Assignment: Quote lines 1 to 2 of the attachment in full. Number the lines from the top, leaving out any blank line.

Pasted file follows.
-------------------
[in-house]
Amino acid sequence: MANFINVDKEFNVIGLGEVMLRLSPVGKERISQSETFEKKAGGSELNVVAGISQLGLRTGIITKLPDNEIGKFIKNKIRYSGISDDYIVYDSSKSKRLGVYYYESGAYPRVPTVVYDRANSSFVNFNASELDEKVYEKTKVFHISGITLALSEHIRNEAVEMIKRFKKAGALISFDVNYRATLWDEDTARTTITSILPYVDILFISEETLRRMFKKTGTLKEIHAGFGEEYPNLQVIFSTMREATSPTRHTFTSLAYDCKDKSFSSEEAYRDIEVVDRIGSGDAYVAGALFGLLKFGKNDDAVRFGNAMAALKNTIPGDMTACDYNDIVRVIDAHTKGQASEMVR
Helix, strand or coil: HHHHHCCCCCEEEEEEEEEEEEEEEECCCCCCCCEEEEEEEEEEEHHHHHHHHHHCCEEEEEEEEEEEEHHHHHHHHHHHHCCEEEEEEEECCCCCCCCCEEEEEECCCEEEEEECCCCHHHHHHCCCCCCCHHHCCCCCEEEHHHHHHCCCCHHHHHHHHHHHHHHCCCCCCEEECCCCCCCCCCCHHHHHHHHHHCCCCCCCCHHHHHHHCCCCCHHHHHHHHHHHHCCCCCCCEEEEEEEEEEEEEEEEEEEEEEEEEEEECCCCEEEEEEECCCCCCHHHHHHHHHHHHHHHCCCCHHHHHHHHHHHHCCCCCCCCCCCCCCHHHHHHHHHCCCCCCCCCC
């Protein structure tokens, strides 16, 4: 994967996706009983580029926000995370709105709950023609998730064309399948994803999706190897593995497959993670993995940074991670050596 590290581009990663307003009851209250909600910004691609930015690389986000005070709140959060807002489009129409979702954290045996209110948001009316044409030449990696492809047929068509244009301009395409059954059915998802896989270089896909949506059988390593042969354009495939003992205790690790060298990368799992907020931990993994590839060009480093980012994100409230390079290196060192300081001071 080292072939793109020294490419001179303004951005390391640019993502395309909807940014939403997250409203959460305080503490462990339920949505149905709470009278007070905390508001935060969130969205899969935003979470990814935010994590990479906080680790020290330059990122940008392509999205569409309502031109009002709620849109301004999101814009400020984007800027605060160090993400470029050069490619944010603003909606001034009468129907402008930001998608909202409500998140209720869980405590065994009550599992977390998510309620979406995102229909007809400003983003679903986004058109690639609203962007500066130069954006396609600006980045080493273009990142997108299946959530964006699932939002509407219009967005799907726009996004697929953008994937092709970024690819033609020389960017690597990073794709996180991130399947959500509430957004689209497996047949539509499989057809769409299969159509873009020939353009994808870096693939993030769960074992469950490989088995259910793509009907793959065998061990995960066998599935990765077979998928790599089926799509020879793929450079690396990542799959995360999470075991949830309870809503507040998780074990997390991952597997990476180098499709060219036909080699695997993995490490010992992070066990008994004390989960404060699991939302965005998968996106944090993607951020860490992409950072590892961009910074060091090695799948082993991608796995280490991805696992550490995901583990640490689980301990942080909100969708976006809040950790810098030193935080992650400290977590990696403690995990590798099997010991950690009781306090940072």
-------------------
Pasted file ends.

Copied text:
[in-house]
Amino acid sequence: MANFINVDKEFNVIGLGEVMLRLSPVGKERISQSETFEKKAGGSELNVVAGISQLGLRTGIITKLPDNEIGKFIKNKIRYSGISDDYIVYDSSKSKRLGVYYYESGAYPRVPTVVYDRANSSFVNFNASELDEKVYEKTKVFHISGITLALSEHIRNEAVEMIKRFKKAGALISFDVNYRATLWDEDTARTTITSILPYVDILFISEETLRRMFKKTGTLKEIHAGFGEEYPNLQVIFSTMREATSPTRHTFTSLAYDCKDKSFSSEEAYRDIEVVDRIGSGDAYVAGALFGLLKFGKNDDAVRFGNAMAALKNTIPGDMTACDYNDIVRVIDAHTKGQASEMVR